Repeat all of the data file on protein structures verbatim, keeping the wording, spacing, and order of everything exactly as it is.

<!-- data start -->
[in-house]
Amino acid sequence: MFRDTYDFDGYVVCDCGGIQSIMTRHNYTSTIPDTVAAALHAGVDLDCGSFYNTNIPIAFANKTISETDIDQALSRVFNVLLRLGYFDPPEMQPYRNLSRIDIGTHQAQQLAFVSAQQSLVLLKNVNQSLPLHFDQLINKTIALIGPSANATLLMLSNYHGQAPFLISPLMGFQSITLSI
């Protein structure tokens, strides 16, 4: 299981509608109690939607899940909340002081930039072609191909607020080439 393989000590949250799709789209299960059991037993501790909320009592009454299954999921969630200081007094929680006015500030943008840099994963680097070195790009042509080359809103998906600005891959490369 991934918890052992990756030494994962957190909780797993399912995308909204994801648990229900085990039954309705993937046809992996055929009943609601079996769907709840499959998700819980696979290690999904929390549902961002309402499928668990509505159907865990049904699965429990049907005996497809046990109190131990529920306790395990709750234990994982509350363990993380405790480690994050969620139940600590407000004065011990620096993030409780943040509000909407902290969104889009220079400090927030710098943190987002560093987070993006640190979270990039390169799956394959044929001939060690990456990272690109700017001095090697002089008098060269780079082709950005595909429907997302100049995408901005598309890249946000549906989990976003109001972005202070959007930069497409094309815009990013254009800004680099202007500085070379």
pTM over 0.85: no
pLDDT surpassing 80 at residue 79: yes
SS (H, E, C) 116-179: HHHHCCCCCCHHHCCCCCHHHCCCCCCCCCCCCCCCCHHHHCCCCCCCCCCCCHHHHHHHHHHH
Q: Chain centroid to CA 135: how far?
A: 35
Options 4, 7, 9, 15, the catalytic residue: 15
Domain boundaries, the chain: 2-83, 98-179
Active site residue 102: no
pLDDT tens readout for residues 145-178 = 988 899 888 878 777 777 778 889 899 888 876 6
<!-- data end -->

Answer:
[in-house]
Amino acid sequence: MFRDTYDFDGYVVCDCGGIQSIMTRHNYTSTIPDTVAAALHAGVDLDCGSFYNTNIPIAFANKTISETDIDQALSRVFNVLLRLGYFDPPEMQPYRNLSRIDIGTHQAQQLAFVSAQQSLVLLKNVNQSLPLHFDQLINKTIALIGPSANATLLMLSNYHGQAPFLISPLMGFQSITLSI
């Protein structure tokens, strides 16, 4: 299981509608109690939607899940909340002081930039072609191909607020080439 393989000590949250799709789209299960059991037993501790909320009592009454299954999921969630200081007094929680006015500030943008840099994963680097070195790009042509080359809103998906600005891959490369 991934918890052992990756030494994962957190909780797993399912995308909204994801648990229900085990039954309705993937046809992996055929009943609601079996769907709840499959998700819980696979290690999904929390549902961002309402499928668990509505159907865990049904699965429990049907005996497809046990109190131990529920306790395990709750234990994982509350363990993380405790480690994050969620139940600590407000004065011990620096993030409780943040509000909407902290969104889009220079400090927030710098943190987002560093987070993006640190979270990039390169799956394959044929001939060690990456990272690109700017001095090697002089008098060269780079082709950005595909429907997302100049995408901005598309890249946000549906989990976003109001972005202070959007930069497409094309815009990013254009800004680099202007500085070379």
pTM over 0.85: no
pLDDT surpassing 80 at residue 79: yes
SS (H, E, C) 116-179: HHHHCCCCCCHHHCCCCCHHHCCCCCCCCCCCCCCCCHHHHCCCCCCCCCCCCHHHHHHHHHHH
Q: Chain centroid to CA 135: how far?
A: 35
Options 4, 7, 9, 15, the catalytic residue: 15
Domain boundaries, the chain: 2-83, 98-179
Active site residue 102: no
pLDDT tens readout for residues 145-178 = 988 899 888 878 777 777 778 889 899 888 876 6